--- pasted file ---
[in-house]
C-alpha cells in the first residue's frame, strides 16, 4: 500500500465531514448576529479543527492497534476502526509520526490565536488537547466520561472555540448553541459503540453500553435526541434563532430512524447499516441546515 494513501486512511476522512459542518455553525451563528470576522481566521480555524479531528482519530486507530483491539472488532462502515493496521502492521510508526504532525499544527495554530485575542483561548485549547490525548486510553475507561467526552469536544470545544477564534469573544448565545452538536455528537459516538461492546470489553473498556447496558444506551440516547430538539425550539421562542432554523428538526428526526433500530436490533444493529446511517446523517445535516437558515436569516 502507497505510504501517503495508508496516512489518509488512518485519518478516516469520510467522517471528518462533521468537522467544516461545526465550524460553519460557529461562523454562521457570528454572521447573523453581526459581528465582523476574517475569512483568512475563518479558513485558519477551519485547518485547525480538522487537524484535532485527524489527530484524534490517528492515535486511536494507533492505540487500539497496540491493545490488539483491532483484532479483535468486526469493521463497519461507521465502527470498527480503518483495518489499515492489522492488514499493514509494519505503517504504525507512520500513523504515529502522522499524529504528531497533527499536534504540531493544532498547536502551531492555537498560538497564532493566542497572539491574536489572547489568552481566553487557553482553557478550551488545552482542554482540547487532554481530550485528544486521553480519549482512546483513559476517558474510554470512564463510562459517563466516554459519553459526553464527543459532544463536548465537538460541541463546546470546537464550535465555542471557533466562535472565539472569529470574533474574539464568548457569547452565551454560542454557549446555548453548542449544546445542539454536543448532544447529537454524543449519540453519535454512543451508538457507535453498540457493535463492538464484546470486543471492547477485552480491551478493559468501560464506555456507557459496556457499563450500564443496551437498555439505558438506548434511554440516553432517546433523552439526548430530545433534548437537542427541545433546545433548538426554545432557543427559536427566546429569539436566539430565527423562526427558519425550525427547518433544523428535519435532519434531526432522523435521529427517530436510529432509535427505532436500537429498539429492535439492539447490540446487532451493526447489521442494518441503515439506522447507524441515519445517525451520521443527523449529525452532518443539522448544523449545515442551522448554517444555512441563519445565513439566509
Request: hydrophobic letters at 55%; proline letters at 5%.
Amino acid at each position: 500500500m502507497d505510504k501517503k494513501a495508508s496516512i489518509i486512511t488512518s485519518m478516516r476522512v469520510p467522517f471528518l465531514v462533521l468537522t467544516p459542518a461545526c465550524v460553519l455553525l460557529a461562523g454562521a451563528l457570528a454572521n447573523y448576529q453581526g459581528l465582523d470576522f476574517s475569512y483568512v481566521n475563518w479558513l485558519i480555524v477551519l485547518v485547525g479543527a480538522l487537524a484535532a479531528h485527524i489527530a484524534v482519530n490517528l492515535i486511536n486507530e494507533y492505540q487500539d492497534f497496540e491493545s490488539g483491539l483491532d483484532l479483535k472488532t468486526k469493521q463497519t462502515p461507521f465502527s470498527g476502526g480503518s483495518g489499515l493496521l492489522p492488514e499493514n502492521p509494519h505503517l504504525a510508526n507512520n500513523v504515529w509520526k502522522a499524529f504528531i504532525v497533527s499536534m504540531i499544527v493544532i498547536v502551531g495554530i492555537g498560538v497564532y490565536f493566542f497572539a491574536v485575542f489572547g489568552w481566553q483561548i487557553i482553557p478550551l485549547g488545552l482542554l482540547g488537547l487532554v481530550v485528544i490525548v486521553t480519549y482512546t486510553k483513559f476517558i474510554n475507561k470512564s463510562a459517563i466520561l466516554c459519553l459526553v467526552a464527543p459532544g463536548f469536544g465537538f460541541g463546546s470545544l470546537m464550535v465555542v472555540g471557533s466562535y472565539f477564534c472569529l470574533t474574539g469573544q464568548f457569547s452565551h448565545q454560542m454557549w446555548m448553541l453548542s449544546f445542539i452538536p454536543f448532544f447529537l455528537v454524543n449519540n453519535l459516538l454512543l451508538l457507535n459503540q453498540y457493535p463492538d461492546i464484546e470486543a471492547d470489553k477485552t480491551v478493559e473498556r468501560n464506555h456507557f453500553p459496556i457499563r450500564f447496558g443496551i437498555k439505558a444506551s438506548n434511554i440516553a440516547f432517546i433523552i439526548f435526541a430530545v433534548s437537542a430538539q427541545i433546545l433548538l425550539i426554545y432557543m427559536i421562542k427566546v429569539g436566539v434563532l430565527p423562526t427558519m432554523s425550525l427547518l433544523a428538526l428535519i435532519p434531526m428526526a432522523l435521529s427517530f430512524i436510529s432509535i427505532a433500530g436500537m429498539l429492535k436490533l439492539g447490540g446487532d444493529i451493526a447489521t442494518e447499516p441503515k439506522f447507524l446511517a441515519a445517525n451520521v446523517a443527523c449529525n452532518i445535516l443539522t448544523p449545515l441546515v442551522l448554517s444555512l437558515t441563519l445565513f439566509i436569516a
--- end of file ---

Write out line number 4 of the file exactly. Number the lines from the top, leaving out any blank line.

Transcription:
Amino acid at each position: 500500500m502507497d505510504k501517503k494513501a495508508s496516512i489518509i486512511t488512518s485519518m478516516r476522512v469520510p467522517f471528518l465531514v462533521l468537522t467544516p459542518a461545526c465550524v460553519l455553525l460557529a461562523g454562521a451563528l457570528a454572521n447573523y448576529q453581526g459581528l465582523d470576522f476574517s475569512y483568512v481566521n475563518w479558513l485558519i480555524v477551519l485547518v485547525g479543527a480538522l487537524a484535532a479531528h485527524i489527530a484524534v482519530n490517528l492515535i486511536n486507530e494507533y492505540q487500539d492497534f497496540e491493545s490488539g483491539l483491532d483484532l479483535k472488532t468486526k469493521q463497519t462502515p461507521f465502527s470498527g476502526g480503518s483495518g489499515l493496521l492489522p492488514e499493514n502492521p509494519h505503517l504504525a510508526n507512520n500513523v504515529w509520526k502522522a499524529f504528531i504532525v497533527s499536534m504540531i499544527v493544532i498547536v502551531g495554530i492555537g498560538v497564532y490565536f493566542f497572539a491574536v485575542f489572547g489568552w481566553q483561548i487557553i482553557p478550551l485549547g488545552l482542554l482540547g488537547l487532554v481530550v485528544i490525548v486521553t480519549y482512546t486510553k483513559f476517558i474510554n475507561k470512564s463510562a459517563i466520561l466516554c459519553l459526553v467526552a464527543p459532544g463536548f469536544g465537538f460541541g463546546s470545544l470546537m464550535v465555542v472555540g471557533s466562535y472565539f477564534c472569529l470574533t474574539g469573544q464568548f457569547s452565551h448565545q454560542m454557549w446555548m448553541l453548542s449544546f445542539i452538536p454536543f448532544f447529537l455528537v454524543n449519540n453519535l459516538l454512543l451508538l457507535n459503540q453498540y457493535p463492538d461492546i464484546e470486543a471492547d470489553k477485552t480491551v478493559e473498556r468501560n464506555h456507557f453500553p459496556i457499563r450500564f447496558g443496551i437498555k439505558a444506551s438506548n434511554i440516553a440516547f432517546i433523552i439526548f435526541a430530545v433534548s437537542a430538539q427541545i433546545l433548538l425550539i426554545y432557543m427559536i421562542k427566546v429569539g436566539v434563532l430565527p423562526t427558519m432554523s425550525l427547518l433544523a428538526l428535519i435532519p434531526m428526526a432522523l435521529s427517530f430512524i436510529s432509535i427505532a433500530g436500537m429498539l429492535k436490533l439492539g447490540g446487532d444493529i451493526a447489521t442494518e447499516p441503515k439506522f447507524l446511517a441515519a445517525n451520521v446523517a443527523c449529525n452532518i445535516l443539522t448544523p449545515l441546515v442551522l448554517s444555512l437558515t441563519l445565513f439566509i436569516a